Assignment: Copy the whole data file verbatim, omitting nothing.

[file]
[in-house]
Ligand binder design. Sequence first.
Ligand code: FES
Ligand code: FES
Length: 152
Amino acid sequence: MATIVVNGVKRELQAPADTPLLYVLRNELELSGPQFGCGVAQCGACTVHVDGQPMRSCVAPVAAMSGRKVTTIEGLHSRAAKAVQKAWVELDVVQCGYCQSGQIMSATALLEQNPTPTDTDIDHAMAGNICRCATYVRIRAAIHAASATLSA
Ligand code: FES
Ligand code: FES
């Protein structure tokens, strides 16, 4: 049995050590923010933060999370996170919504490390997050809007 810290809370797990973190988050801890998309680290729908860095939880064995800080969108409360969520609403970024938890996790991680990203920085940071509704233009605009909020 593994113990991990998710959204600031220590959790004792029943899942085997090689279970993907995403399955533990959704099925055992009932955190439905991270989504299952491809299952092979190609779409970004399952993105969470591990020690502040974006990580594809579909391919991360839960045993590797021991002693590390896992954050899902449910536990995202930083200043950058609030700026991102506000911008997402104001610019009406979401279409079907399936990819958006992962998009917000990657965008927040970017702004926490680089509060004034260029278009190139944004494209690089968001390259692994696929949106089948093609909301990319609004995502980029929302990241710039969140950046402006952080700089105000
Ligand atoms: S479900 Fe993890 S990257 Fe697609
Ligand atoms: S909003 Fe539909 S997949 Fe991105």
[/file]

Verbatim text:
[in-house]
Ligand binder design. Sequence first.
Ligand code: FES
Ligand code: FES
Length: 152
Amino acid sequence: MATIVVNGVKRELQAPADTPLLYVLRNELELSGPQFGCGVAQCGACTVHVDGQPMRSCVAPVAAMSGRKVTTIEGLHSRAAKAVQKAWVELDVVQCGYCQSGQIMSATALLEQNPTPTDTDIDHAMAGNICRCATYVRIRAAIHAASATLSA
Ligand code: FES
Ligand code: FES
């Protein structure tokens, strides 16, 4: 049995050590923010933060999370996170919504490390997050809007 810290809370797990973190988050801890998309680290729908860095939880064995800080969108409360969520609403970024938890996790991680990203920085940071509704233009605009909020 593994113990991990998710959204600031220590959790004792029943899942085997090689279970993907995403399955533990959704099925055992009932955190439905991270989504299952491809299952092979190609779409970004399952993105969470591990020690502040974006990580594809579909391919991360839960045993590797021991002693590390896992954050899902449910536990995202930083200043950058609030700026991102506000911008997402104001610019009406979401279409079907399936990819958006992962998009917000990657965008927040970017702004926490680089509060004034260029278009190139944004494209690089968001390259692994696929949106089948093609909301990319609004995502980029929302990241710039969140950046402006952080700089105000
Ligand atoms: S479900 Fe993890 S990257 Fe697609
Ligand atoms: S909003 Fe539909 S997949 Fe991105």